Spring is here in Melbourne - thank goodness. It makes for beautiful days with bursts of sunshine that are perfect for walking and exploring, for taking your time. Over the last few weeks I’ve found myself taking the long way home, eating lunch outside, exploring the back streets - anything I can do to soak up a little extra vitamin D. Luxuries that weren’t possible only a few weeks ago are slowly becoming every day joys. Pictured here is a little springtime posey of flowers I made for myself after walking home from breakfast at a local cafe, making the most of a sunny morning. But the weather is still changeable and unpredictable. By the afternoon, as I was making myself a pot of tea and a little treat, the wind was picking up and the clouds starting to fill up the sky. Time to close the windows, throw on a cardigan and curl up on the couch with a book.
How Did You Get This Number is the perfect book for a grey afternoon. A collection of essays which are half observations of the every day, half travel stories, whether Crosley is at home in New York or away. Perfect for hiding away from the world while exploring it through a book. There are the tales of New York, like the wrestling of smells, traffic and the quirks of cab drivers in ‘It’s Always Home You Miss’. In others, Crosley plays the role of the comically out-of-town-New-Yorker such as in ‘Light Pollution’. Finding herself in bear country in the woods of Canada, Crosley is instructed to tie a bell into a high ponytail so as to scare off any likely predators.
Usually I am hesitant about wearing my hair in a high ponytail. I didn’t cheerlead for a reason. … But now that my pinnacle danger has been transferred to getting scalped by a fucking bear, I am only too quick to loop the ribbon around the tight elastic.
In How Did You Get This Number some of Crosley’s best material comes from her evocative travel writing. She is at her best when she’s the outsider looking in, like this scene in ‘Le Parisi’ where Crosley and her friend Emily are hoping for a religious experience at Notre Dame:
As we moved up the line, Emily kicking her giant backpack ahead of her, visitors solemnly but efficiently wove their way between the pews. They seemed disproportionately thrilled to be in a place that allowed flash photography.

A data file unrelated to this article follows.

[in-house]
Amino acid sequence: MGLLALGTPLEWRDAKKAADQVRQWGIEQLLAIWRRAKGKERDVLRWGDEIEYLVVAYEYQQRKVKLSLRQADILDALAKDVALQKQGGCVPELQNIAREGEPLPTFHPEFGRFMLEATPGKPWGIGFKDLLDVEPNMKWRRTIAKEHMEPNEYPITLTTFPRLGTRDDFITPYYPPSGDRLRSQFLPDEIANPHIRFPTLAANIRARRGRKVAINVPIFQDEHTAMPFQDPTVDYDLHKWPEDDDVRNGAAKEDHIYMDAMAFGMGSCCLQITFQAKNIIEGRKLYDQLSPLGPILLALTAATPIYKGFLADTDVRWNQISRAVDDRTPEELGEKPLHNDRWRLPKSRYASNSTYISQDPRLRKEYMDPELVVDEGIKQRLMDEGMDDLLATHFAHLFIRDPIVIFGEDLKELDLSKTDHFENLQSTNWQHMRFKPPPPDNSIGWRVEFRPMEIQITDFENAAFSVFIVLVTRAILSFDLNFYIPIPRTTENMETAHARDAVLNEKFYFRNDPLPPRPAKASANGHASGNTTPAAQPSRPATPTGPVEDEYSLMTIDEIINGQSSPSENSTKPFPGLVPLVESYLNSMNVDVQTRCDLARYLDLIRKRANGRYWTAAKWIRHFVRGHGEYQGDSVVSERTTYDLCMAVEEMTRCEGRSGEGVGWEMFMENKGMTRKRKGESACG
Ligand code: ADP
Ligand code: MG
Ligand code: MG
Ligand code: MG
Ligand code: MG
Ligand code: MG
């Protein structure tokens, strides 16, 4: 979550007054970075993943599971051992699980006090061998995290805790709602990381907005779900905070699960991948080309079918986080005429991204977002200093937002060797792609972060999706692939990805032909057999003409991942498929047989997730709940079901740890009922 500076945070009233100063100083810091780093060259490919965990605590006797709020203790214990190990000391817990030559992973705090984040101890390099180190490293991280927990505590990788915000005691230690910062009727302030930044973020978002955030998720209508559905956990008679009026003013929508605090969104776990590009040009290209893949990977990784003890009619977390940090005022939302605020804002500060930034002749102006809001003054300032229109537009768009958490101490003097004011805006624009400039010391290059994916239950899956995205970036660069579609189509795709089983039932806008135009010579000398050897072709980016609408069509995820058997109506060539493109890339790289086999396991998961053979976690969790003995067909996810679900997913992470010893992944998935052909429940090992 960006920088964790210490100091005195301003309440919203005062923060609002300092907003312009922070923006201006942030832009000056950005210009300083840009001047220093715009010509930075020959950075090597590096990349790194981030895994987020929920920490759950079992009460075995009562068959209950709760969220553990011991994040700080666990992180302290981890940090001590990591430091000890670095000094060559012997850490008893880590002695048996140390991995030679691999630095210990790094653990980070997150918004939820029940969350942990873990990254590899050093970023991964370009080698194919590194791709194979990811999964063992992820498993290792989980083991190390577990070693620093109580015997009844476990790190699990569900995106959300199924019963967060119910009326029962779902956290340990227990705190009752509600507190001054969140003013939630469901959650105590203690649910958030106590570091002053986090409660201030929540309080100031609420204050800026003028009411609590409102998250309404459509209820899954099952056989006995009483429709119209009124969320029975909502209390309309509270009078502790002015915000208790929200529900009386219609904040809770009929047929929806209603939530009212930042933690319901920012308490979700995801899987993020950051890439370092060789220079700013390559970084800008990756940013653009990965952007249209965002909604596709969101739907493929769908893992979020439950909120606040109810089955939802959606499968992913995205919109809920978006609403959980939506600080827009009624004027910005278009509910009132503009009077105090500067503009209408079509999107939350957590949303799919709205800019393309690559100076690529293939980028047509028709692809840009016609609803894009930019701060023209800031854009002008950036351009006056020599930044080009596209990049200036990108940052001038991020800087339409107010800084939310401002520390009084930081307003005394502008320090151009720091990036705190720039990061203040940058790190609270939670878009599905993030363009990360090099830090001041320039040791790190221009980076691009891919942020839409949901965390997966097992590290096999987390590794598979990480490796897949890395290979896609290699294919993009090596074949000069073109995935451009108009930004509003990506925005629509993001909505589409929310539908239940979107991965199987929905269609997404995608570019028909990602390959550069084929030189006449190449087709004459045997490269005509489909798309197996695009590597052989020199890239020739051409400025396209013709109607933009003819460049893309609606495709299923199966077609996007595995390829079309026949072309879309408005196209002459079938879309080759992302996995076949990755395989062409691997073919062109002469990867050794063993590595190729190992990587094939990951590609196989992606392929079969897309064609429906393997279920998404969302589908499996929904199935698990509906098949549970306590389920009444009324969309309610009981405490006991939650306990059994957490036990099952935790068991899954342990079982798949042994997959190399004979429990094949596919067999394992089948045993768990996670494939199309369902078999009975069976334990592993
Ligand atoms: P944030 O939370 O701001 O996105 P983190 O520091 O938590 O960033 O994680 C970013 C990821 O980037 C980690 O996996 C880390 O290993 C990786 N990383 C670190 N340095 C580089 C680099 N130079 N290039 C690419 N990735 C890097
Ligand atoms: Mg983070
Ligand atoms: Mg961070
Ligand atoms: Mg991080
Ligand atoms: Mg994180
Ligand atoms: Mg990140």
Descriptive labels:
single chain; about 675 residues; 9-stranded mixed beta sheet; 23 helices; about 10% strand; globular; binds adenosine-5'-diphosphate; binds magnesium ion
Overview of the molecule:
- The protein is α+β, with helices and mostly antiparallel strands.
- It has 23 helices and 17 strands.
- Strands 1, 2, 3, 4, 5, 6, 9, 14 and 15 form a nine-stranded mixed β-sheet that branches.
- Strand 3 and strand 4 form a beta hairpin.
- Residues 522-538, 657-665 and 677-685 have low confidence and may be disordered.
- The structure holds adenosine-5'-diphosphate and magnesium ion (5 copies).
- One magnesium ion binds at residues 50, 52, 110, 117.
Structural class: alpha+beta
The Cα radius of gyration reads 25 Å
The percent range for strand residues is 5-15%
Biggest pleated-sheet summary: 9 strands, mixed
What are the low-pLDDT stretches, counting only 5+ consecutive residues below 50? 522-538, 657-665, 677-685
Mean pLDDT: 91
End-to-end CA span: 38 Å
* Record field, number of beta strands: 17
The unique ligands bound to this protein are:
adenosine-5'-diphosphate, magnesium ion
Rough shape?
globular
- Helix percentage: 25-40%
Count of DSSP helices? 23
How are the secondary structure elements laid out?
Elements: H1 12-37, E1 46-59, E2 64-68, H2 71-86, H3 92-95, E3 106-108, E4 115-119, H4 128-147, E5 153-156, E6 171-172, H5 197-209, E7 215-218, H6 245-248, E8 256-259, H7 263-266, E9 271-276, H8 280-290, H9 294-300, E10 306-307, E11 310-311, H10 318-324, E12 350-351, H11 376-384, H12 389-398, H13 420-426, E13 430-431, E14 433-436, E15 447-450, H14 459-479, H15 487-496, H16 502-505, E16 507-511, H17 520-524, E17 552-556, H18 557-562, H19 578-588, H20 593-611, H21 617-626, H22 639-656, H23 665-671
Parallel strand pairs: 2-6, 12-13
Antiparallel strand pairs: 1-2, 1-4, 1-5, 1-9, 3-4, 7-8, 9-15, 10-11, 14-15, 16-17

Sloane Crosley’s publicity team seem keen to market her as a female David Sedaris (who's book Let's Explore Diabetes With Owls I talked about here). It is a good indicator, but she somehow lacks the nuance of Sedaris’ stories. Somehow they’re a little sarcastic without being as biting, neurotic without being as emphathetic, and lacking the heartfelt undercurrent that comes through in Sedaris’ work. But that doesn’t stop these stories from being highly entertaining and a perfect way to wile away an afternoon.
Over the last few weeks - since I posted about My Salinger Year a few weeks ago - I’ve been making a very conscious decision not to drink coffee. When my anxiety spikes one of the best things I can do is help myself stay calm. Caffeine does not help. I still drink caffeinated tea, but much less than usual. It becomes a treat, rather than a life-force. I sleep better. I’m less anxious. I don’t snap at those around me. My body clock resets and I’m just as productive. I feel tired, but naturally so. I also save a fortune when I’m not buying two or three or four coffees a day. So I make a pot of tea. This little green teapot has been with me for years. It was one of the first things I bought for myself when I was building a new sense of home back in Australia after moving back from New Zealand in 2004. The two little cups that came with it were both sacrificed to my clumsiness years ago, but this gorgeous handmade ceramic cup I picked up from a design market a couple of years ago has stood the test.
My every day favourite tea in recent times has moved from earl grey to T2’s Melbourne Breakfast. It’s a strong brew with a hit of vanilla that when served with milk is sweet and comforting. On warmer spring days I turn to Market Lane’s Cascara Tea. Made from dried coffee cherries it’s fruity and refreshing and would make a great iced tea in summer. But when I need an afternoon pick-me-up or something a bit more creamy, I make chai. Those who don’t drink it often will think that it’s only for hippies or women who wear exercise outfits to cafes, but for me it is truly comforting, warming and replenishing. It’s like a grown up cup of warm milk, perfect to have alongside an afternoon treat, in this case an oat cookie. The recipe is another from What Should I Eat For Breakfast Today? (I’ve previously made Marta’s Milk Rice with How Should A Person Be? here) and works just as well as a mid-afternoon pick me up as it would a morning treat. Like the Stovetop Granola I posted last time alongside Your Fathers…, these cookies are quick and easy to throw together and make enough to keep you going for a few days. Perfect for mornings and afternoons to come, no matter what the weather.